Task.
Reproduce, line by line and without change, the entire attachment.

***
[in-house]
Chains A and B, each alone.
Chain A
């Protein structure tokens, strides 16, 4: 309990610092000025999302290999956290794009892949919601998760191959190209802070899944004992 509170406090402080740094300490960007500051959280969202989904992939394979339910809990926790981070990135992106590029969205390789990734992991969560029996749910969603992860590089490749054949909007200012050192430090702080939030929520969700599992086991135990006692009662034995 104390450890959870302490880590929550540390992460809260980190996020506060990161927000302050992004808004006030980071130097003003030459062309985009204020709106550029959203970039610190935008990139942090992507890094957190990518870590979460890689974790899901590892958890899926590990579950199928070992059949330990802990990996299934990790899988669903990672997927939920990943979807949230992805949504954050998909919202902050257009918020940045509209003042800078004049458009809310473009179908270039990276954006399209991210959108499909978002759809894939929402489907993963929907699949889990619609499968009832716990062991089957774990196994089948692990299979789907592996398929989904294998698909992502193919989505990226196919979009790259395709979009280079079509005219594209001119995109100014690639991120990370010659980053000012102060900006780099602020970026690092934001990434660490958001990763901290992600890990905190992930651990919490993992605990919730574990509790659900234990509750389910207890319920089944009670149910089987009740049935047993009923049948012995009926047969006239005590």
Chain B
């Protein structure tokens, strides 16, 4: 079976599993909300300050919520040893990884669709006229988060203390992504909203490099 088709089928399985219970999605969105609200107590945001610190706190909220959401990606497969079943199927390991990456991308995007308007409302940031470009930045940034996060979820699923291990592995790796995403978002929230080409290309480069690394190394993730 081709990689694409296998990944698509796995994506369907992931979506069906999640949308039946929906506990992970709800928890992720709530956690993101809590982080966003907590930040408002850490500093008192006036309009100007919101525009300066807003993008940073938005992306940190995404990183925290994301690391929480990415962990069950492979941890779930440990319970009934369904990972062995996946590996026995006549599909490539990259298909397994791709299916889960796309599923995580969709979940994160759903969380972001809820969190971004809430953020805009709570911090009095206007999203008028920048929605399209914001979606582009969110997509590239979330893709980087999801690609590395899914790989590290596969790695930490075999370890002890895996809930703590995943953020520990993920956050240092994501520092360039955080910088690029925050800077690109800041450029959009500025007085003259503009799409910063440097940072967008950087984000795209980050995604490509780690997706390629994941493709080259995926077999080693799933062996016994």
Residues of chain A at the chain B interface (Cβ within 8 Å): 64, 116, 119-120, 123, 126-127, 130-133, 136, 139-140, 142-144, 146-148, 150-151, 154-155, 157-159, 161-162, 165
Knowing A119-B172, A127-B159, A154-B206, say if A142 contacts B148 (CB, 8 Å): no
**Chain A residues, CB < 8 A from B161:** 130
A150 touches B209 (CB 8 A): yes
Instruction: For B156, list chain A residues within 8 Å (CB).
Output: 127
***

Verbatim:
[in-house]
Chains A and B, each alone.
Chain A
């Protein structure tokens, strides 16, 4: 309990610092000025999302290999956290794009892949919601998760191959190209802070899944004992 509170406090402080740094300490960007500051959280969202989904992939394979339910809990926790981070990135992106590029969205390789990734992991969560029996749910969603992860590089490749054949909007200012050192430090702080939030929520969700599992086991135990006692009662034995 104390450890959870302490880590929550540390992460809260980190996020506060990161927000302050992004808004006030980071130097003003030459062309985009204020709106550029959203970039610190935008990139942090992507890094957190990518870590979460890689974790899901590892958890899926590990579950199928070992059949330990802990990996299934990790899988669903990672997927939920990943979807949230992805949504954050998909919202902050257009918020940045509209003042800078004049458009809310473009179908270039990276954006399209991210959108499909978002759809894939929402489907993963929907699949889990619609499968009832716990062991089957774990196994089948692990299979789907592996398929989904294998698909992502193919989505990226196919979009790259395709979009280079079509005219594209001119995109100014690639991120990370010659980053000012102060900006780099602020970026690092934001990434660490958001990763901290992600890990905190992930651990919490993992605990919730574990509790659900234990509750389910207890319920089944009670149910089987009740049935047993009923049948012995009926047969006239005590």
Chain B
């Protein structure tokens, strides 16, 4: 079976599993909300300050919520040893990884669709006229988060203390992504909203490099 088709089928399985219970999605969105609200107590945001610190706190909220959401990606497969079943199927390991990456991308995007308007409302940031470009930045940034996060979820699923291990592995790796995403978002929230080409290309480069690394190394993730 081709990689694409296998990944698509796995994506369907992931979506069906999640949308039946929906506990992970709800928890992720709530956690993101809590982080966003907590930040408002850490500093008192006036309009100007919101525009300066807003993008940073938005992306940190995404990183925290994301690391929480990415962990069950492979941890779930440990319970009934369904990972062995996946590996026995006549599909490539990259298909397994791709299916889960796309599923995580969709979940994160759903969380972001809820969190971004809430953020805009709570911090009095206007999203008028920048929605399209914001979606582009969110997509590239979330893709980087999801690609590395899914790989590290596969790695930490075999370890002890895996809930703590995943953020520990993920956050240092994501520092360039955080910088690029925050800077690109800041450029959009500025007085003259503009799409910063440097940072967008950087984000795209980050995604490509780690997706390629994941493709080259995926077999080693799933062996016994």
Residues of chain A at the chain B interface (Cβ within 8 Å): 64, 116, 119-120, 123, 126-127, 130-133, 136, 139-140, 142-144, 146-148, 150-151, 154-155, 157-159, 161-162, 165
Knowing A119-B172, A127-B159, A154-B206, say if A142 contacts B148 (CB, 8 Å): no
**Chain A residues, CB < 8 A from B161:** 130
A150 touches B209 (CB 8 A): yes
Instruction: For B156, list chain A residues within 8 Å (CB).
Output: 127